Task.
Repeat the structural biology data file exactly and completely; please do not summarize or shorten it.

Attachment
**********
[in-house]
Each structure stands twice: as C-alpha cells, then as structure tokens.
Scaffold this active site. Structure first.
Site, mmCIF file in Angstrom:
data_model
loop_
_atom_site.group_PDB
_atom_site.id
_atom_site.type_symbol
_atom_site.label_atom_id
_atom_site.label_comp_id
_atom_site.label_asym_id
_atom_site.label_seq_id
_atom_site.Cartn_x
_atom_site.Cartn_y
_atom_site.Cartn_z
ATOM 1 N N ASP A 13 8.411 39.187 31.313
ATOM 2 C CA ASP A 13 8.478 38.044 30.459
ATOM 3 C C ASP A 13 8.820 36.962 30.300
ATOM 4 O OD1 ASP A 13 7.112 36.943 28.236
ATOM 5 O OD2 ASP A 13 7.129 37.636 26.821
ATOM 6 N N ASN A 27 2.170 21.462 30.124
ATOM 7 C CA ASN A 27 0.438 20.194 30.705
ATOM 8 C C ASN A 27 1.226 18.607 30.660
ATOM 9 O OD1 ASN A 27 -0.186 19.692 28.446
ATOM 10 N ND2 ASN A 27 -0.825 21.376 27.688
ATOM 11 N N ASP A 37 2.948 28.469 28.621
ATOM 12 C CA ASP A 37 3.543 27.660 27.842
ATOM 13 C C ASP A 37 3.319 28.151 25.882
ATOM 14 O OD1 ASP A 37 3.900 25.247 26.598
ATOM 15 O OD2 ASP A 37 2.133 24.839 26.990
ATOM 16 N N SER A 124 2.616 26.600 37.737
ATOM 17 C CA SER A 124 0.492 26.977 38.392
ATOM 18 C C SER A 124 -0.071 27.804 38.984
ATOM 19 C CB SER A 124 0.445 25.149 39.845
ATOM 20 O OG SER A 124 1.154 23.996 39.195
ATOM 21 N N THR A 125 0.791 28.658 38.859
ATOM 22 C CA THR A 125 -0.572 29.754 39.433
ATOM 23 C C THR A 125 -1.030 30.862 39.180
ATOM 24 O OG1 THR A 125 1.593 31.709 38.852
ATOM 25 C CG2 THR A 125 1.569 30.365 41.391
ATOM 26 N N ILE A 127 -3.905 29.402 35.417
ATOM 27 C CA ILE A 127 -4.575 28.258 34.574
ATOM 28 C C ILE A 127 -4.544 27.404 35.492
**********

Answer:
[in-house]
Each structure stands twice: as C-alpha cells, then as structure tokens.
Scaffold this active site. Structure first.
Site, mmCIF file in Angstrom:
data_model
loop_
_atom_site.group_PDB
_atom_site.id
_atom_site.type_symbol
_atom_site.label_atom_id
_atom_site.label_comp_id
_atom_site.label_asym_id
_atom_site.label_seq_id
_atom_site.Cartn_x
_atom_site.Cartn_y
_atom_site.Cartn_z
ATOM 1 N N ASP A 13 8.411 39.187 31.313
ATOM 2 C CA ASP A 13 8.478 38.044 30.459
ATOM 3 C C ASP A 13 8.820 36.962 30.300
ATOM 4 O OD1 ASP A 13 7.112 36.943 28.236
ATOM 5 O OD2 ASP A 13 7.129 37.636 26.821
ATOM 6 N N ASN A 27 2.170 21.462 30.124
ATOM 7 C CA ASN A 27 0.438 20.194 30.705
ATOM 8 C C ASN A 27 1.226 18.607 30.660
ATOM 9 O OD1 ASN A 27 -0.186 19.692 28.446
ATOM 10 N ND2 ASN A 27 -0.825 21.376 27.688
ATOM 11 N N ASP A 37 2.948 28.469 28.621
ATOM 12 C CA ASP A 37 3.543 27.660 27.842
ATOM 13 C C ASP A 37 3.319 28.151 25.882
ATOM 14 O OD1 ASP A 37 3.900 25.247 26.598
ATOM 15 O OD2 ASP A 37 2.133 24.839 26.990
ATOM 16 N N SER A 124 2.616 26.600 37.737
ATOM 17 C CA SER A 124 0.492 26.977 38.392
ATOM 18 C C SER A 124 -0.071 27.804 38.984
ATOM 19 C CB SER A 124 0.445 25.149 39.845
ATOM 20 O OG SER A 124 1.154 23.996 39.195
ATOM 21 N N THR A 125 0.791 28.658 38.859
ATOM 22 C CA THR A 125 -0.572 29.754 39.433
ATOM 23 C C THR A 125 -1.030 30.862 39.180
ATOM 24 O OG1 THR A 125 1.593 31.709 38.852
ATOM 25 C CG2 THR A 125 1.569 30.365 41.391
ATOM 26 N N ILE A 127 -3.905 29.402 35.417
ATOM 27 C CA ILE A 127 -4.575 28.258 34.574
ATOM 28 C C ILE A 127 -4.544 27.404 35.492